Moss may very well be the most adorable game that I have ever played and Quill, the small but brave protagonist, is a national treasure that must be protected. This fairytale adventure follows Quill on her quest to rescue her uncle from the evil snake Sarffog in one of the most charming puzzle-based games that I have ever played. While the game has been out for a few years now on other platforms, this was my first playthrough thanks to the recent PSVR2 release and to say that Moss is magnificent is an understatement.
Now, I don’t have children, but after completing this adventure Quill may as well be my child. I have never been so determined to keep a videogame character from harm. That’s why Moss is special, the entire game works because of the remarkable bond that grows between Quill and the player, referred to as “the reader”, throughout the adventure. The fact that the game can make you care so much for its small hero, despite its incredibly short run time, is a testament to the incredible world design and simple, but moving, story. Throughout the campaign Quill and “the reader” must work together to overcome a slew of clever environmental puzzles and increasingly difficult enemies. While Quill herself is a capable warrior, both nimble and smart, she does need the help of “the reader”, who overlooks the entire world from above, to manipulate larger obstacles to help her progress.
The bulk of the game consists of puzzles and learning how to manipulate the world and enemies around you, with the puzzles slowly progressing in complexity as the story unfolds. Despite this, the puzzles never become too overwhelming, rather they cleverly build on previous sections and make great use of Quill’s newfound abilities and “the reader’s” problem solving skills. As “the reader” you will push and pull objects to create new pathways for Quill, while also manipulating enemies to hold down pressure switches or to shoot far off items. Quill will earn new swords as she progresses, granting her new fighting styles and abilities, including the ability to take power from you so she can launch a projectile of her own.
Moss works so well because it makes you feel as if you and Quill are a team, both needing each other to progress. If you become stuck, Quill will offer guidance, attempting to tell you through excited pointing what to do next. After completing particularly complex puzzles Quill will celebrate, walking up to you for a high five. The whole thing is rather adorable. Moss is unique in that it makes you feel as if you are an active part of a game’s world and that your actions affect the outcome, not that you’re just inhabiting a random character in that world.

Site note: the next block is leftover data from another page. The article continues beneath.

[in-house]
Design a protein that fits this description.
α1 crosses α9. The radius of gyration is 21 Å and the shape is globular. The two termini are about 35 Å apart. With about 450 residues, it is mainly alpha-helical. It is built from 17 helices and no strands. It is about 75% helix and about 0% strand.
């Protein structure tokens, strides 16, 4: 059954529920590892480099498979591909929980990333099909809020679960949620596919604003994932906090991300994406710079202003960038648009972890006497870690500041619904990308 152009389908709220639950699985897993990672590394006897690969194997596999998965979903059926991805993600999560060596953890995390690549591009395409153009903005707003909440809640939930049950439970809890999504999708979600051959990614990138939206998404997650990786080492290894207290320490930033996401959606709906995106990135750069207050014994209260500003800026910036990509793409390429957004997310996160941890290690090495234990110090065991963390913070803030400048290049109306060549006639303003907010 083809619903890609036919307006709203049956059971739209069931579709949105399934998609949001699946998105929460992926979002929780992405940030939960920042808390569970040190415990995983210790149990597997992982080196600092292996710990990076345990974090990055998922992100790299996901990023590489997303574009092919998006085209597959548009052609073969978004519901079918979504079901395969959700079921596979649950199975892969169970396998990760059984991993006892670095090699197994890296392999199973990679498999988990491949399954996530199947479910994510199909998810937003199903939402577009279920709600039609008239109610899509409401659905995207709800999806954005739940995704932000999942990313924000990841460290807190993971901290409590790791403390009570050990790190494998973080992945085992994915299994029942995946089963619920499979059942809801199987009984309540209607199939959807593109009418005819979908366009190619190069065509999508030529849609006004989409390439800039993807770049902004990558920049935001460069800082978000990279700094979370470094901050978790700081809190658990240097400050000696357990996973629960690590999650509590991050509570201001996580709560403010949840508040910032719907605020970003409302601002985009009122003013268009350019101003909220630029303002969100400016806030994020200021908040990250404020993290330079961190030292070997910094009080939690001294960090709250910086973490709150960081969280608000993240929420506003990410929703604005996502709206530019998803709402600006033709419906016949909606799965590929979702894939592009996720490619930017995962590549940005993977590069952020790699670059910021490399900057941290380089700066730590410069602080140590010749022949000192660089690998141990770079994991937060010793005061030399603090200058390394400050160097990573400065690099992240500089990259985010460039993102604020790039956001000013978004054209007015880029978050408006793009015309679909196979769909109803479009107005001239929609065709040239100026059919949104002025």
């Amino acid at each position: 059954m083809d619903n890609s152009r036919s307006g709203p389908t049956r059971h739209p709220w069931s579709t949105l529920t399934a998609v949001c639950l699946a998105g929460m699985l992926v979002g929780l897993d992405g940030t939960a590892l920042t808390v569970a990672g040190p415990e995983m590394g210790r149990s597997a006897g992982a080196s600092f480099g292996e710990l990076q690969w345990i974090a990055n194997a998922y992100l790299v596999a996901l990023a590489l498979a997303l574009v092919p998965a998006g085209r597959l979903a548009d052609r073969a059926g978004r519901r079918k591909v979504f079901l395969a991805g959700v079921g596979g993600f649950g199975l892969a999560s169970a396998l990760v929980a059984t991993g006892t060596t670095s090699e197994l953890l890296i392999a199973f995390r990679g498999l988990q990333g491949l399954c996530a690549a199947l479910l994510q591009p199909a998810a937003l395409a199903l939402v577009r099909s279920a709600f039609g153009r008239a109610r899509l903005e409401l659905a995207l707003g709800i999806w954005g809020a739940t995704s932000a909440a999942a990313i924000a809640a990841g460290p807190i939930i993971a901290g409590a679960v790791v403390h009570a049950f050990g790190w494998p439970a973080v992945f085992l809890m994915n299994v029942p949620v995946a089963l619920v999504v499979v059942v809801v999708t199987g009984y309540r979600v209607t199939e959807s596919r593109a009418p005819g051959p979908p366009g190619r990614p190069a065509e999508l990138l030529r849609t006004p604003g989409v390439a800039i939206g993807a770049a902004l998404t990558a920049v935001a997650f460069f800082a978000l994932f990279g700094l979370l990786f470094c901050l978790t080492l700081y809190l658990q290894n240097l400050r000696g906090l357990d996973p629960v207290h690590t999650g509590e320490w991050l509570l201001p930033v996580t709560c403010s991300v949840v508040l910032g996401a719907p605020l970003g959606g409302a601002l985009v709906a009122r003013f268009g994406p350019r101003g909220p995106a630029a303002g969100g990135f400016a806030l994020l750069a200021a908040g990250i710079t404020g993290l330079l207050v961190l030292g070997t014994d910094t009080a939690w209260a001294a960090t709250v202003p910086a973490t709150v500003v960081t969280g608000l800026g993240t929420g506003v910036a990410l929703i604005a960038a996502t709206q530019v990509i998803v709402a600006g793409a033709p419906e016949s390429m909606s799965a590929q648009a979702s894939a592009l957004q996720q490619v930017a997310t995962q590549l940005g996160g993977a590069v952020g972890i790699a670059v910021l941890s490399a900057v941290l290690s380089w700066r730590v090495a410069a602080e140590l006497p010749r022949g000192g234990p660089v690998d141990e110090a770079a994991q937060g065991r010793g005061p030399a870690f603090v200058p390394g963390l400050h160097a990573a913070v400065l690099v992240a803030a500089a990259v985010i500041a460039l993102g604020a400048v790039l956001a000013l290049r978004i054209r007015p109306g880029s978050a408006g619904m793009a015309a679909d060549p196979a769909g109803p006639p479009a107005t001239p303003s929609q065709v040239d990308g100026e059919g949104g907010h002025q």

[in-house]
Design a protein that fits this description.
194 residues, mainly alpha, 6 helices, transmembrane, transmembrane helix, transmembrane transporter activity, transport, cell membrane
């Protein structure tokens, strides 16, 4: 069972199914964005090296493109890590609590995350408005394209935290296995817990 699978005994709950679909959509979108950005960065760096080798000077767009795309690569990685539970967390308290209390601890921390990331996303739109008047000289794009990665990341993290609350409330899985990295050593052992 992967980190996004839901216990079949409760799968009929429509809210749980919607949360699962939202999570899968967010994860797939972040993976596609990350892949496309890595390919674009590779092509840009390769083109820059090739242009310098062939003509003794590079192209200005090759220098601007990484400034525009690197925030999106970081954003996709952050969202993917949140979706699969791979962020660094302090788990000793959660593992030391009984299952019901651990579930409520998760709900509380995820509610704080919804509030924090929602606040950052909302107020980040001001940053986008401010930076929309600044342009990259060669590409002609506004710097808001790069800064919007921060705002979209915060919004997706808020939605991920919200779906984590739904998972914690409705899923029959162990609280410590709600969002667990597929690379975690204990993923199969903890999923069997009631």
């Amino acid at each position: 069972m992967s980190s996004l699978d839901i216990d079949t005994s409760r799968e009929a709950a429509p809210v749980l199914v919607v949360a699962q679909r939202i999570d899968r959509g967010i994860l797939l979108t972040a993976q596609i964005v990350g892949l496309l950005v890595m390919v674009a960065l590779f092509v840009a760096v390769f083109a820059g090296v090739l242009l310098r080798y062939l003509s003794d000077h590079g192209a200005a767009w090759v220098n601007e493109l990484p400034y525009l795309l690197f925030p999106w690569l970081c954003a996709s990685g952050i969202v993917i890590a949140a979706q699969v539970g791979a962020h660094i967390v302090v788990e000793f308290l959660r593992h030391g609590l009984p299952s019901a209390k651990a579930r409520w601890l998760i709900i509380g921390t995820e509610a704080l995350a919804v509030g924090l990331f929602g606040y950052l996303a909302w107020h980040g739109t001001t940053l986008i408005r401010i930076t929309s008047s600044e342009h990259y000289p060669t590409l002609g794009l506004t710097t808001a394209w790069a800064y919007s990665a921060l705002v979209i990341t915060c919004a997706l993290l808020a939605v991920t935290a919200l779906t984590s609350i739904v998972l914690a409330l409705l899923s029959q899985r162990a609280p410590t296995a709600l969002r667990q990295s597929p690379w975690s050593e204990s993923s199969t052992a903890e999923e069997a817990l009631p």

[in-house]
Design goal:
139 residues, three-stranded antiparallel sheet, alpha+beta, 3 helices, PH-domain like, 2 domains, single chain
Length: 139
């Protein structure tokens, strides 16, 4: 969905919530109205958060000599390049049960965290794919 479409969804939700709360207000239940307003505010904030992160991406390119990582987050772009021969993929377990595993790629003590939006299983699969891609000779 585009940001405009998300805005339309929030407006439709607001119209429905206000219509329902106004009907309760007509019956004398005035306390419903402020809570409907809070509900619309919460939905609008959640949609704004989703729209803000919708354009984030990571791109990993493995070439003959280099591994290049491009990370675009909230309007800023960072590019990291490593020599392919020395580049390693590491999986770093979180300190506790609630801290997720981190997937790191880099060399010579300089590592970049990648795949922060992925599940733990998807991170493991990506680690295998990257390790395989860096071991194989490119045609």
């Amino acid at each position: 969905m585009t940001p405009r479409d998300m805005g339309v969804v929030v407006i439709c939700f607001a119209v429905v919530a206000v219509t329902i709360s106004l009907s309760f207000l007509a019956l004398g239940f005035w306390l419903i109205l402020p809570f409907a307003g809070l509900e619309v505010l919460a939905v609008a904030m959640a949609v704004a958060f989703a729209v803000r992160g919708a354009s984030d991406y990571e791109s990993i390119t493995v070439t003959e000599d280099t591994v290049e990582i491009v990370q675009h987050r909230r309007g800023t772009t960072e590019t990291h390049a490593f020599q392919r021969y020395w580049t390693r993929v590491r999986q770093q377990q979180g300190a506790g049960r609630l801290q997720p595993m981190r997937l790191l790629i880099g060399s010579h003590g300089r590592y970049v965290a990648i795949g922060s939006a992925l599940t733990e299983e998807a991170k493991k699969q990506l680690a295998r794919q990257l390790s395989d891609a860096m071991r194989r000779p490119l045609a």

The entire game is gorgeous, shown from a first person perspective but one in which you are overlooking the entire area and controlling a character from above, providing a unique perspective for a VR game. Each section looks and feels like you are playing inside of elaborately designed dioramas, and the attention to detail is extraordinary. Each area is a mini set which Quill and you can explore. The area remains static, allowing you to move Quill and to look around at will. You can peer around corners to see areas you may not be able to reach or to find hidden items or you can stand to get a better view of the scene. This approach works well and each time you set foot in a new room you’ll immediately find yourself scanning all areas to see what may lie in hiding or the best route forward.
I mentioned before that Moss is short, clocking in at only 3 hours or so, but there is some built in replayability. There are over 30 forgotten fragment scrolls to find, which are cleverly hidden in many sections, along with a ton of fairy dust, which is released by destroying objects. For those who enjoy the more difficult puzzles, there are three challenge rooms hidden which will test all your acquired skills to complete.
The worst part about Moss is that it ends on a cliffhanger, with you ready to continue your adventure. Thankfully, Moss: Book II exists, allowing you to immediately continue your tale without the waiting period that players experienced upon the game’s original release.
Seriously, do yourself a favor and check Moss out if you have somehow – like me – missed out on this adventure for the past few years.
Richard Allen is a freelance writer and contributing editor for various publications. When not writing for Gaming Trend you can find him covering theatre for Broadway World, movies and TV for Fandomize, or working on original stories. An avid retro gamer, he is overly obsessed with Dragon's Lair. Chat with him via @thricetheartist on Twitter and @richardallenwrites on Facebook and Instagram.
Moss is an incredible puzzle-based adventure which uses VR to create a unique and stunning experience, all while featuring one of the most adorable heroes to come along in years. Featuring creative puzzles, a simple, but heartfelt story, some fun platforming and action sequences, Moss is a must have for any VR lover’s game catalog.